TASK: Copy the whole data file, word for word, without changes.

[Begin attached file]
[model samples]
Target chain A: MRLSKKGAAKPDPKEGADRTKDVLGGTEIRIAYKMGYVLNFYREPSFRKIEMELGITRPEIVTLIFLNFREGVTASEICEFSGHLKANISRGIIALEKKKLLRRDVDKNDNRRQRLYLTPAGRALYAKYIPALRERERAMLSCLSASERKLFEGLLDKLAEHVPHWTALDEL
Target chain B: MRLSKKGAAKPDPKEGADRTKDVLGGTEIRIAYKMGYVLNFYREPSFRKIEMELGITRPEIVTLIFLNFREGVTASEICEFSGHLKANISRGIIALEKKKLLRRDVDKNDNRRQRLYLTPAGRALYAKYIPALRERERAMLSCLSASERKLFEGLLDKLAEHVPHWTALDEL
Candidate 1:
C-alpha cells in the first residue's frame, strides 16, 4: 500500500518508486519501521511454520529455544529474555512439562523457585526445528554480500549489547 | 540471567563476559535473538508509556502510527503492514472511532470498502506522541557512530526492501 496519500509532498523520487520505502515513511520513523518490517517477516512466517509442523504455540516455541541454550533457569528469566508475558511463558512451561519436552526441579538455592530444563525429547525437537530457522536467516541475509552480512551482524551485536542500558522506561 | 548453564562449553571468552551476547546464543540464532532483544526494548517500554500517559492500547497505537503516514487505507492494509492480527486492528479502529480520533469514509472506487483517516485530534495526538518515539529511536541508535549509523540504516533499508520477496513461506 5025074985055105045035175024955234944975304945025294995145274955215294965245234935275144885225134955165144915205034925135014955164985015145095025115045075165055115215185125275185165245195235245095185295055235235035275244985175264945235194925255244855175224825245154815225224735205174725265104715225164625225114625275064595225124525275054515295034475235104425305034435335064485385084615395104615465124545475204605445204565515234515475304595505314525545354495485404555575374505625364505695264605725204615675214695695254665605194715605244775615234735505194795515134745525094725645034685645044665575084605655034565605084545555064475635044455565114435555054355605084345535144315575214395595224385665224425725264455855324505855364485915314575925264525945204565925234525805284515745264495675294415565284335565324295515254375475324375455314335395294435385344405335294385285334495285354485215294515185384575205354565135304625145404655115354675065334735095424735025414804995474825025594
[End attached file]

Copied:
[model samples]
Target chain A: MRLSKKGAAKPDPKEGADRTKDVLGGTEIRIAYKMGYVLNFYREPSFRKIEMELGITRPEIVTLIFLNFREGVTASEICEFSGHLKANISRGIIALEKKKLLRRDVDKNDNRRQRLYLTPAGRALYAKYIPALRERERAMLSCLSASERKLFEGLLDKLAEHVPHWTALDEL
Target chain B: MRLSKKGAAKPDPKEGADRTKDVLGGTEIRIAYKMGYVLNFYREPSFRKIEMELGITRPEIVTLIFLNFREGVTASEICEFSGHLKANISRGIIALEKKKLLRRDVDKNDNRRQRLYLTPAGRALYAKYIPALRERERAMLSCLSASERKLFEGLLDKLAEHVPHWTALDEL
Candidate 1:
C-alpha cells in the first residue's frame, strides 16, 4: 500500500518508486519501521511454520529455544529474555512439562523457585526445528554480500549489547 | 540471567563476559535473538508509556502510527503492514472511532470498502506522541557512530526492501 496519500509532498523520487520505502515513511520513523518490517517477516512466517509442523504455540516455541541454550533457569528469566508475558511463558512451561519436552526441579538455592530444563525429547525437537530457522536467516541475509552480512551482524551485536542500558522506561 | 548453564562449553571468552551476547546464543540464532532483544526494548517500554500517559492500547497505537503516514487505507492494509492480527486492528479502529480520533469514509472506487483517516485530534495526538518515539529511536541508535549509523540504516533499508520477496513461506 5025074985055105045035175024955234944975304945025294995145274955215294965245234935275144885225134955165144915205034925135014955164985015145095025115045075165055115215185125275185165245195235245095185295055235235035275244985175264945235194925255244855175224825245154815225224735205174725265104715225164625225114625275064595225124525275054515295034475235104425305034435335064485385084615395104615465124545475204605445204565515234515475304595505314525545354495485404555575374505625364505695264605725204615675214695695254665605194715605244775615234735505194795515134745525094725645034685645044665575084605655034565605084545555064475635044455565114435555054355605084345535144315575214395595224385665224425725264455855324505855364485915314575925264525945204565925234525805284515745264495675294415565284335565324295515254375475324375455314335395294435385344405335294385285334495285354485215294515185384575205354565135304625145404655115354675065334735095424735025414804995474825025594